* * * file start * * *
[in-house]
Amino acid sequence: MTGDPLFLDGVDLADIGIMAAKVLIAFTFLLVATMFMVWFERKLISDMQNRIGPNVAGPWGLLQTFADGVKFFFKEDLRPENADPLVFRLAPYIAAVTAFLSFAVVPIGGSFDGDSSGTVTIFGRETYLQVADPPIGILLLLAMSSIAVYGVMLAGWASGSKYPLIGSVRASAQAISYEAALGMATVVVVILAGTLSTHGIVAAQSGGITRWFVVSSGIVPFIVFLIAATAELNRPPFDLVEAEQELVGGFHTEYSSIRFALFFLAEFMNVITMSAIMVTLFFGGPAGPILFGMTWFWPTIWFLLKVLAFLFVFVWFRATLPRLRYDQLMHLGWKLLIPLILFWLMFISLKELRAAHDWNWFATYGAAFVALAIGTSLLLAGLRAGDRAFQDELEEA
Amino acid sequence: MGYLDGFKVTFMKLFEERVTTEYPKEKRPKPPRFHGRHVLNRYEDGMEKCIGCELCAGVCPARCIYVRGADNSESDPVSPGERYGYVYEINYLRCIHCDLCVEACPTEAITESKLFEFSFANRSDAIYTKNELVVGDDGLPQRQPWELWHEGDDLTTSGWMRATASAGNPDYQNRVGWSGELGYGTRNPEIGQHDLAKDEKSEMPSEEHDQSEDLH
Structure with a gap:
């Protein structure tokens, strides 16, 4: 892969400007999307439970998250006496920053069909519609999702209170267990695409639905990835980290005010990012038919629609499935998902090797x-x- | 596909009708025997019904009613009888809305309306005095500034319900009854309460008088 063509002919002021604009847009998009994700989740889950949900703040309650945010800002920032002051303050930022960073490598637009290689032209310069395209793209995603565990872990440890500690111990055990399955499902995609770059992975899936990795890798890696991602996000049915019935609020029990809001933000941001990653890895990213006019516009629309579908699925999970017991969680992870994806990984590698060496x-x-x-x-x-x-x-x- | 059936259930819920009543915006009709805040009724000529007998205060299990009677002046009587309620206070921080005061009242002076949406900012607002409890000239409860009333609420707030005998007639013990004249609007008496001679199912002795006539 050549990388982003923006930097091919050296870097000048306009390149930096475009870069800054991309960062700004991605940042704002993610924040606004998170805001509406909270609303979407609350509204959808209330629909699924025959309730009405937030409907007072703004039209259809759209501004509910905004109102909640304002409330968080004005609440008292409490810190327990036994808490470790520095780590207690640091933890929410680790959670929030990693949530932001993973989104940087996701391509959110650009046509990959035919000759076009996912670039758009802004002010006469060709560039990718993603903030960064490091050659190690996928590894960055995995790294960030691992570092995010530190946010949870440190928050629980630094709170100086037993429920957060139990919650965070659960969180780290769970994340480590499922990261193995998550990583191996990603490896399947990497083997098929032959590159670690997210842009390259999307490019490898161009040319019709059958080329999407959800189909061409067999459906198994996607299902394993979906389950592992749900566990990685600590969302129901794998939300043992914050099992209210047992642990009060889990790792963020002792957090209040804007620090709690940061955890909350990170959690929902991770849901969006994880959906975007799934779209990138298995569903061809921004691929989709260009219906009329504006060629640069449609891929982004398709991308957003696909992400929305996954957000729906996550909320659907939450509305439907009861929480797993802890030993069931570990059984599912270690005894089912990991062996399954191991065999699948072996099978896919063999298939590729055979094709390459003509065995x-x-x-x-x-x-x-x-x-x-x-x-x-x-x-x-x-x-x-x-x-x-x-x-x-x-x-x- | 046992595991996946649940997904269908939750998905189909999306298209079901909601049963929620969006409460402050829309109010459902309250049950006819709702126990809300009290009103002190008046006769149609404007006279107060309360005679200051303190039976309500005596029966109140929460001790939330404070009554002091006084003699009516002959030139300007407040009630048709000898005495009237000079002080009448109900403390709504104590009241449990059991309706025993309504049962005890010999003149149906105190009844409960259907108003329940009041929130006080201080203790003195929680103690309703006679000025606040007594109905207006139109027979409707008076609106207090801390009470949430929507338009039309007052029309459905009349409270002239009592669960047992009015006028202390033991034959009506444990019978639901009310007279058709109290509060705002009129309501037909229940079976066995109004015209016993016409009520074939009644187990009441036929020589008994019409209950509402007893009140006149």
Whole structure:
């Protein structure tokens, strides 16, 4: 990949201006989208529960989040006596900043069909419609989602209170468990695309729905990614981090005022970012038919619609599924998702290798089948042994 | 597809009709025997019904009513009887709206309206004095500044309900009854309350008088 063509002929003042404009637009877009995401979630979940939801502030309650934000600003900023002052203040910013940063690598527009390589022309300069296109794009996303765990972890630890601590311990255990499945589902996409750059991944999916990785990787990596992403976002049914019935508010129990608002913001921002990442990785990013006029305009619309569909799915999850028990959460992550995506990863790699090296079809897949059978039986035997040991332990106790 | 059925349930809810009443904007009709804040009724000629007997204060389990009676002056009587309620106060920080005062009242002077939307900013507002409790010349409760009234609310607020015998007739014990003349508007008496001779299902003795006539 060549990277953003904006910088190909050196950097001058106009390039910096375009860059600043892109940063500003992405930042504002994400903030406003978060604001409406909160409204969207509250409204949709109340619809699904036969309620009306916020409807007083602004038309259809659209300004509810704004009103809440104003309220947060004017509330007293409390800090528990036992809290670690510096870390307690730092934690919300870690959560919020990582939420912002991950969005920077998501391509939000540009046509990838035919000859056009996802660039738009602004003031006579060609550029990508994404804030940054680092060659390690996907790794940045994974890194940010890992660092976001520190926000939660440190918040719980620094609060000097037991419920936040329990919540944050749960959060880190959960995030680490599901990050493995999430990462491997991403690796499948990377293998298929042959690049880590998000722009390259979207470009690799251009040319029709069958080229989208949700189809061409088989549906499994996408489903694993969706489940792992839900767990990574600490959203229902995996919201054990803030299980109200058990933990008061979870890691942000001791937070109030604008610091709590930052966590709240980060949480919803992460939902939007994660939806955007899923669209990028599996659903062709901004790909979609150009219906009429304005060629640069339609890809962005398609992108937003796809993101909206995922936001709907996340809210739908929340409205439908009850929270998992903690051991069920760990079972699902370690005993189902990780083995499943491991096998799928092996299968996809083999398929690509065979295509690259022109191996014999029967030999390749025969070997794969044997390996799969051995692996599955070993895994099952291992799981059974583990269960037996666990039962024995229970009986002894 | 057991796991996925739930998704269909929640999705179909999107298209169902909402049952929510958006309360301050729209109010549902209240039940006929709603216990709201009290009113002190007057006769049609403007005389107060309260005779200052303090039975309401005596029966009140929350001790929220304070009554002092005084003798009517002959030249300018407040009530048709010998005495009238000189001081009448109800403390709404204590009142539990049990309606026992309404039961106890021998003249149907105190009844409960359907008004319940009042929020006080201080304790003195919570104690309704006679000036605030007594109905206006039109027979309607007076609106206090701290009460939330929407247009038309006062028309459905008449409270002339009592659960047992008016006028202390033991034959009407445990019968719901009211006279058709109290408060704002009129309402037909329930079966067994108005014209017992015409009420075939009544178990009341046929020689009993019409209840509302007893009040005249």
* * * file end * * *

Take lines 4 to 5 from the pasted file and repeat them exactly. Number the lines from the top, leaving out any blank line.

Structure with a gap:
């Protein structure tokens, strides 16, 4: 892969400007999307439970998250006496920053069909519609999702209170267990695409639905990835980290005010990012038919629609499935998902090797x-x- | 596909009708025997019904009613009888809305309306005095500034319900009854309460008088 063509002919002021604009847009998009994700989740889950949900703040309650945010800002920032002051303050930022960073490598637009290689032209310069395209793209995603565990872990440890500690111990055990399955499902995609770059992975899936990795890798890696991602996000049915019935609020029990809001933000941001990653890895990213006019516009629309579908699925999970017991969680992870994806990984590698060496x-x-x-x-x-x-x-x- | 059936259930819920009543915006009709805040009724000529007998205060299990009677002046009587309620206070921080005061009242002076949406900012607002409890000239409860009333609420707030005998007639013990004249609007008496001679199912002795006539 050549990388982003923006930097091919050296870097000048306009390149930096475009870069800054991309960062700004991605940042704002993610924040606004998170805001509406909270609303979407609350509204959808209330629909699924025959309730009405937030409907007072703004039209259809759209501004509910905004109102909640304002409330968080004005609440008292409490810190327990036994808490470790520095780590207690640091933890929410680790959670929030990693949530932001993973989104940087996701391509959110650009046509990959035919000759076009996912670039758009802004002010006469060709560039990718993603903030960064490091050659190690996928590894960055995995790294960030691992570092995010530190946010949870440190928050629980630094709170100086037993429920957060139990919650965070659960969180780290769970994340480590499922990261193995998550990583191996990603490896399947990497083997098929032959590159670690997210842009390259999307490019490898161009040319019709059958080329999407959800189909061409067999459906198994996607299902394993979906389950592992749900566990990685600590969302129901794998939300043992914050099992209210047992642990009060889990790792963020002792957090209040804007620090709690940061955890909350990170959690929902991770849901969006994880959906975007799934779209990138298995569903061809921004691929989709260009219906009329504006060629640069449609891929982004398709991308957003696909992400929305996954957000729906996550909320659907939450509305439907009861929480797993802890030993069931570990059984599912270690005894089912990991062996399954191991065999699948072996099978896919063999298939590729055979094709390459003509065995x-x-x-x-x-x-x-x-x-x-x-x-x-x-x-x-x-x-x-x-x-x-x-x-x-x-x-x- | 046992595991996946649940997904269908939750998905189909999306298209079901909601049963929620969006409460402050829309109010459902309250049950006819709702126990809300009290009103002190008046006769149609404007006279107060309360005679200051303190039976309500005596029966109140929460001790939330404070009554002091006084003699009516002959030139300007407040009630048709000898005495009237000079002080009448109900403390709504104590009241449990059991309706025993309504049962005890010999003149149906105190009844409960259907108003329940009041929130006080201080203790003195929680103690309703006679000025606040007594109905207006139109027979409707008076609106207090801390009470949430929507338009039309007052029309459905009349409270002239009592669960047992009015006028202390033991034959009506444990019978639901009310007279058709109290509060705002009129309501037909229940079976066995109004015209016993016409009520074939009644187990009441036929020589008994019409209950509402007893009140006149």